Investigators determined there is a modest increased risk of long-term gastrointestinal symptoms and IBS following COVID-19 infection.
Investigators from Italy prospectively and consecutively enrolled 883 eligible hospital patients with and without COVID-19 between May and October 2020 to evaluate the long-term consequences of COVID-19 infection on the gastrointestinal tract.
Patients involved in the study were evaluated upon hospital admission, as well as after 1, 6, and 12 months post-hospitalization. Using questionnaires, the study participants were assessed for gastrointestinal symptoms, anxiety, and depression.
There were 614 COVID-19 patients included in the analysis. The control group was made up of 269 patients that were admitted to the hospital for reasons other than COVID-19, which included symptoms such as gastroenterological, traumatic, and surgical pertinence.
The study authors explained that compared to non-infected controls, another study they conducted on this subject showed COVID-19 can contribute to diarrhea, nausea, and other gastrointestinal symptoms. There was also a greater prevalence of nausea and acid regurgitation compared to controls 1 month after post-initial assessment.
Gastrointestinal symptoms appeared more frequently in patients with COVID-19 compared to controls at baseline, the study authors said, observing almost 40% of controls compared to almost 60% of COVID-19 patients. These COVID-19 patients reported higher rates of nausea, diarrhea, loose stools, urgency, and a lower rate of hard stools compared to control subjects.
After 1 month, COVID-19 patients still showed significantly higher rates of nausea and acid regurgitation, compared to the control patients.
Follow up was completed by 772 patients (548 COVID-19 and 224 controls) at 6 months, and by 623 patients (435 COVID-19 and 188 controls) at 12 months.
At the 6-month mark, COVID-19 patients reported lower rates of flatus, constipation, and hard stools compared to control patients. At this point, there were no significant differences between the groups in terms of epigastric pain syndrome, post-prandial distress syndrome, functional dyspepsia, IBS, and functional diarrhea.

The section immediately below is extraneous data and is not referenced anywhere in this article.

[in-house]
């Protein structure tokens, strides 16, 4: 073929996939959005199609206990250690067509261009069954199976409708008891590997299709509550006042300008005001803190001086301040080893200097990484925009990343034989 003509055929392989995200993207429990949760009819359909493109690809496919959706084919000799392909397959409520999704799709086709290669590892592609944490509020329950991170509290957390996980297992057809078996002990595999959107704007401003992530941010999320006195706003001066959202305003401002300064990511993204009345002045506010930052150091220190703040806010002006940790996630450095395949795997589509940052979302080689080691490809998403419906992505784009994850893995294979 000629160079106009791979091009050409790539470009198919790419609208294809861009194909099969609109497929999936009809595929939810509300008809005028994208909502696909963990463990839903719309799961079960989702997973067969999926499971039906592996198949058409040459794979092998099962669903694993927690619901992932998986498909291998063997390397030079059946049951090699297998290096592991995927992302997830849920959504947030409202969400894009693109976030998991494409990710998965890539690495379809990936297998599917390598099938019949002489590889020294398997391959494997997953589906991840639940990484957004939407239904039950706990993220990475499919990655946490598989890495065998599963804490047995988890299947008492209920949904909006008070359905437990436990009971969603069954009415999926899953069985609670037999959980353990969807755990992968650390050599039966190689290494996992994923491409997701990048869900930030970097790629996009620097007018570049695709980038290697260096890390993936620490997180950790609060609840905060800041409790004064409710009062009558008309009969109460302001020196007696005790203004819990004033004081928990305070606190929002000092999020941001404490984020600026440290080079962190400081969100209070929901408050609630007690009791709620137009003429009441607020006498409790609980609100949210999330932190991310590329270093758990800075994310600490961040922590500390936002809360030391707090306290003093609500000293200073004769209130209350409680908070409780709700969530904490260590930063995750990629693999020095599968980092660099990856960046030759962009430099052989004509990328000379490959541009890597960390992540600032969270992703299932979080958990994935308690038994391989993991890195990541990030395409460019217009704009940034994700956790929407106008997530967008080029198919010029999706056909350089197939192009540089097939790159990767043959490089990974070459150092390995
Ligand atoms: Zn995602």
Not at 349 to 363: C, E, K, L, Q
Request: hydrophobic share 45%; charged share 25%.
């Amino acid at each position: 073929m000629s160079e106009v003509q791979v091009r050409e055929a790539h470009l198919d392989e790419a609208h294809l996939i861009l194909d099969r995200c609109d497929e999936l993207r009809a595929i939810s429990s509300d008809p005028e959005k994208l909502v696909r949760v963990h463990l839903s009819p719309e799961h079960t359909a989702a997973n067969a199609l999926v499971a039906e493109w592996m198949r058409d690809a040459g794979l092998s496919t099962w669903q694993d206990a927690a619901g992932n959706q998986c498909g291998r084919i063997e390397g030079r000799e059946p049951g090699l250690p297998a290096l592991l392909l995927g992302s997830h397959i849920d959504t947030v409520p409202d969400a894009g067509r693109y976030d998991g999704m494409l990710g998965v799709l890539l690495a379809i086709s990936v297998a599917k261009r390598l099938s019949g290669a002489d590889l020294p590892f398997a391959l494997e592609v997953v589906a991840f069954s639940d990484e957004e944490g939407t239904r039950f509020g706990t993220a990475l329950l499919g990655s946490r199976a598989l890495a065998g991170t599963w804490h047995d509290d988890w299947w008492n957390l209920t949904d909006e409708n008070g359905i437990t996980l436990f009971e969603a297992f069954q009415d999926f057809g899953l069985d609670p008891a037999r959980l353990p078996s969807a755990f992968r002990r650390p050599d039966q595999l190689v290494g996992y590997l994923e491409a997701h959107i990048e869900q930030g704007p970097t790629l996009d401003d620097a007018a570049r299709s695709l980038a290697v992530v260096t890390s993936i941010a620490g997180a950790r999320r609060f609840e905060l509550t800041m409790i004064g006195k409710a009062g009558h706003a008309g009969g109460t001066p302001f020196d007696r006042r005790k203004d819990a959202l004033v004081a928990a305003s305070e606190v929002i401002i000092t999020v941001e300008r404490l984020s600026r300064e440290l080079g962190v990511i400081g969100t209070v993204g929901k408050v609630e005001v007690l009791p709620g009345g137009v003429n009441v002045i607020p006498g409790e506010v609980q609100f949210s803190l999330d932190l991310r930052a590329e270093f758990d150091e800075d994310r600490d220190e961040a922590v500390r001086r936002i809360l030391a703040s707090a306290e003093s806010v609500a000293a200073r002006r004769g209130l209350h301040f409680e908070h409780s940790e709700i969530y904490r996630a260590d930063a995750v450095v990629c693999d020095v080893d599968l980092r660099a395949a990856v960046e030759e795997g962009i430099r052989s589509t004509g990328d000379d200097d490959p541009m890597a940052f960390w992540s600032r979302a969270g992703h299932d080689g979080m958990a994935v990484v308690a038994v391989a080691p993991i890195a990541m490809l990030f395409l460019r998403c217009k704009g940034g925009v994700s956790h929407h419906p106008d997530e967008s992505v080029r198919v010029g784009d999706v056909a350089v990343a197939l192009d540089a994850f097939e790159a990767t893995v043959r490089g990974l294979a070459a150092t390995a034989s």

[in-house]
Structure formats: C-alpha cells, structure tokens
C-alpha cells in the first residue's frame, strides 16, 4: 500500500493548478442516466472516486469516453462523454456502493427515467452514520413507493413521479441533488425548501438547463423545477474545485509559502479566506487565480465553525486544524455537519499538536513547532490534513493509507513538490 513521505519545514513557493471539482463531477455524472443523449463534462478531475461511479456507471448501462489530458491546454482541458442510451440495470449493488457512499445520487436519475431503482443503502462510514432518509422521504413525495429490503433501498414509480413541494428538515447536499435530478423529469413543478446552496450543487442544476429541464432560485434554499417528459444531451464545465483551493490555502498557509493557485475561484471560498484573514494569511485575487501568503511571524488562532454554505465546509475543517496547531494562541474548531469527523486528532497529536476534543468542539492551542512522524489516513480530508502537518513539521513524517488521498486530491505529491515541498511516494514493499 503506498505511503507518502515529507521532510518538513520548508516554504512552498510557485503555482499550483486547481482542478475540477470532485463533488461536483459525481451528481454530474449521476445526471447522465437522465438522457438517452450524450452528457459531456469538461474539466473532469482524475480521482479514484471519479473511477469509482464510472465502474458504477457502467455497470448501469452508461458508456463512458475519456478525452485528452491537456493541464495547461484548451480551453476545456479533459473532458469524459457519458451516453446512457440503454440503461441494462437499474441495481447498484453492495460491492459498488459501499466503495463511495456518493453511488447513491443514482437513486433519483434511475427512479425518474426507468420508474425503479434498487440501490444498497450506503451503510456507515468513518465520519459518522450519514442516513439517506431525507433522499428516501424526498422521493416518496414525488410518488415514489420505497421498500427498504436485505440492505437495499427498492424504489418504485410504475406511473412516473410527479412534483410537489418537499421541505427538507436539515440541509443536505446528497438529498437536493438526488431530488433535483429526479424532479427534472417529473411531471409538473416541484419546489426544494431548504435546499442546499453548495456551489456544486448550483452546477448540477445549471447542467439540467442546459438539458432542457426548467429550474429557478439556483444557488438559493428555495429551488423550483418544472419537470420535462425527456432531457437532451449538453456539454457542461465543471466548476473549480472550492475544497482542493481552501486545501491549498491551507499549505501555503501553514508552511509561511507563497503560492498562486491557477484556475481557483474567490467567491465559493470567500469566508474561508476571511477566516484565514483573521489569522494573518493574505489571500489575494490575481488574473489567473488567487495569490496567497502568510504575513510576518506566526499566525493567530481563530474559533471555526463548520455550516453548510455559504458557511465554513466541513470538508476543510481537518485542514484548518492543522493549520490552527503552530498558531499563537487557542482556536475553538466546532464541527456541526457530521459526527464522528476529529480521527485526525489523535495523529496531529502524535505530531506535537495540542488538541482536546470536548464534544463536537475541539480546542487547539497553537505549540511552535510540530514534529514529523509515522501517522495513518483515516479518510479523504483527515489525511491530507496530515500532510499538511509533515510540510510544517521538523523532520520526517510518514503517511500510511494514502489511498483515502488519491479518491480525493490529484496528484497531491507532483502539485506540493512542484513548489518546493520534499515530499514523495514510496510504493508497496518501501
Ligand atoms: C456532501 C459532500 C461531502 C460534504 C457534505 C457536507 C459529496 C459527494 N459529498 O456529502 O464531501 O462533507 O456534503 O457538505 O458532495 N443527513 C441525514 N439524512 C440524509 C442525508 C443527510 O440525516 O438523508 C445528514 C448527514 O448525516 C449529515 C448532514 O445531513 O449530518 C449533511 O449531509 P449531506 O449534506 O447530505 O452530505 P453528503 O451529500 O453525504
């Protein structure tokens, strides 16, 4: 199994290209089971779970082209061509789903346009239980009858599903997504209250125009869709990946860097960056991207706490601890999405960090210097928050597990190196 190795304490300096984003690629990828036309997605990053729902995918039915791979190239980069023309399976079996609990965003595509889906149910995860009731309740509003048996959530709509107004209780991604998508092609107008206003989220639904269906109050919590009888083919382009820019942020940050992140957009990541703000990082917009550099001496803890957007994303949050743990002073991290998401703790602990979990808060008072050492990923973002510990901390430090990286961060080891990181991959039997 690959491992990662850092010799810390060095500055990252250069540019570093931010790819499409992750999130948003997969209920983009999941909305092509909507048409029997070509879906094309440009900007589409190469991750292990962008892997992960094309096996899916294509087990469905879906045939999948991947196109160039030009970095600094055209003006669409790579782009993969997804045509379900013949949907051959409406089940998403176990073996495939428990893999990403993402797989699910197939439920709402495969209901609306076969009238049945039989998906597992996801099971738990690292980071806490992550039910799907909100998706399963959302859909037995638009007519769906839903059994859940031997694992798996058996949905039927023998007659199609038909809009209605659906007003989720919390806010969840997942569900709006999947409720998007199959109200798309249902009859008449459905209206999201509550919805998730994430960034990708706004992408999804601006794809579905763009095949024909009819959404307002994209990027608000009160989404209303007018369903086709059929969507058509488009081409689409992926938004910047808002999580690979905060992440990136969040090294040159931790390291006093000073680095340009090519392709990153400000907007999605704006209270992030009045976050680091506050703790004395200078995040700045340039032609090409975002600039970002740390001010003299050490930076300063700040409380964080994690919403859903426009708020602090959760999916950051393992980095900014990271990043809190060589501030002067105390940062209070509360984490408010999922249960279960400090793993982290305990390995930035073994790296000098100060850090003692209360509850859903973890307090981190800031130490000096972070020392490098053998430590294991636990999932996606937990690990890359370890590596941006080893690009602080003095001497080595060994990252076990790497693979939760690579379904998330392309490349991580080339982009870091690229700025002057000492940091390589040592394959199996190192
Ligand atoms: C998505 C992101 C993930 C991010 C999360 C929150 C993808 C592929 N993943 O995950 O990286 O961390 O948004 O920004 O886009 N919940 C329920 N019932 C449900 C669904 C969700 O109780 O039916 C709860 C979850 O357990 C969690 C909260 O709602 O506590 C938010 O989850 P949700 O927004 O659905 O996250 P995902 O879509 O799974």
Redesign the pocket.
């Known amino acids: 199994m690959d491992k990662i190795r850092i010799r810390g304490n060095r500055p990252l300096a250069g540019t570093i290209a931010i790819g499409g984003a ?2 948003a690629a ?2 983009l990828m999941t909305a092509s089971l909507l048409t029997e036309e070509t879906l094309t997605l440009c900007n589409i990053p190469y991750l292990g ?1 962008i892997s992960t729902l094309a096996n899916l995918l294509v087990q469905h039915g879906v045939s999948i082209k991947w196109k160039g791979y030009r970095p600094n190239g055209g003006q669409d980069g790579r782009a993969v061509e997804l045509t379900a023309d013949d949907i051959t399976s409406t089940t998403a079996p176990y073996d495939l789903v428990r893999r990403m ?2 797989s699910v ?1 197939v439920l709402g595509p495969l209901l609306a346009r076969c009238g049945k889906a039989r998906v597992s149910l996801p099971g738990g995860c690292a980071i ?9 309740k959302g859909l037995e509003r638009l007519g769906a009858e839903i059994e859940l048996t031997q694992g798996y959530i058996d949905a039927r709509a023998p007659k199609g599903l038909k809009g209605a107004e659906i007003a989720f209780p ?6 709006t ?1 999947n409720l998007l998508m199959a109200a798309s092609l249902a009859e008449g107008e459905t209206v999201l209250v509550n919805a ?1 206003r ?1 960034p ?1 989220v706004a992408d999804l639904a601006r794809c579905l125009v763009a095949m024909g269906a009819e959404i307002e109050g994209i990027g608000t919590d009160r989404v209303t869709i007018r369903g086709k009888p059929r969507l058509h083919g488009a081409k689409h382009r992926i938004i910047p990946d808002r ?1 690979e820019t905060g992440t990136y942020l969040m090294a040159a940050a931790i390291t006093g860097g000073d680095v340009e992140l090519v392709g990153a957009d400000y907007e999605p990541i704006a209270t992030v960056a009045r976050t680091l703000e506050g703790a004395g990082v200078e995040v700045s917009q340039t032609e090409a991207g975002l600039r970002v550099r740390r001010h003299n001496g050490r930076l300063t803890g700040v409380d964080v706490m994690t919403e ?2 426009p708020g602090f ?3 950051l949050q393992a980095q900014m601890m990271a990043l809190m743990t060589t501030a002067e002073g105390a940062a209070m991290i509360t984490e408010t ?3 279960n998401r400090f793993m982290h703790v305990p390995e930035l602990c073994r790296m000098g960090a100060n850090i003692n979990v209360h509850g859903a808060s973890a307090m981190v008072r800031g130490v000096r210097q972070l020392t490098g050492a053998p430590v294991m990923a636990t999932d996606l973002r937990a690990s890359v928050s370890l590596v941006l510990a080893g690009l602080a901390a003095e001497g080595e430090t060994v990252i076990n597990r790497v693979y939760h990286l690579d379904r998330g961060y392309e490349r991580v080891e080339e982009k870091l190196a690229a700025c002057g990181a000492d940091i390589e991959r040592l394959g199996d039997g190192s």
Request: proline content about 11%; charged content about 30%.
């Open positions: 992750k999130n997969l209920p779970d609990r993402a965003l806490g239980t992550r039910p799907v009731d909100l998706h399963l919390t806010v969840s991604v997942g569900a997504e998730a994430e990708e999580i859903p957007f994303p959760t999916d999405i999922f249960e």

After a year, COVID-19 patients reported significantly lower rates of constipation and hard stools compared to control patients, the study authors reported. But COVID-19 patients had higher rates of IBS at this point, compared to just a single control patient who developed IBS at the 12-month mark. IBS risk was increased among patients in either group with a history of allergies, chronic intake of PPI, dyspnea at hospitalization. Their rate is in line with data from a recent meta-analysis
Depression and anxiety rates were both higher in the COVID-19 patient group compared to the control group, the investigators found.
“COVID-19 is associated with a modest increased risk of long-term gastrointestinal symptoms and IBS,” the study authors wrote. “Given the high prevalence of COVID-19 at the global level, an increase in new-onset disorders of gut-brain interaction should be expected due to COVID-19, especially after hospitalization for this disease. Future studies are needed to improve our understanding of the mechanisms underlying symptom development in these patients, and to identify novel therapeutic strategies to prevent and treat these conditions.”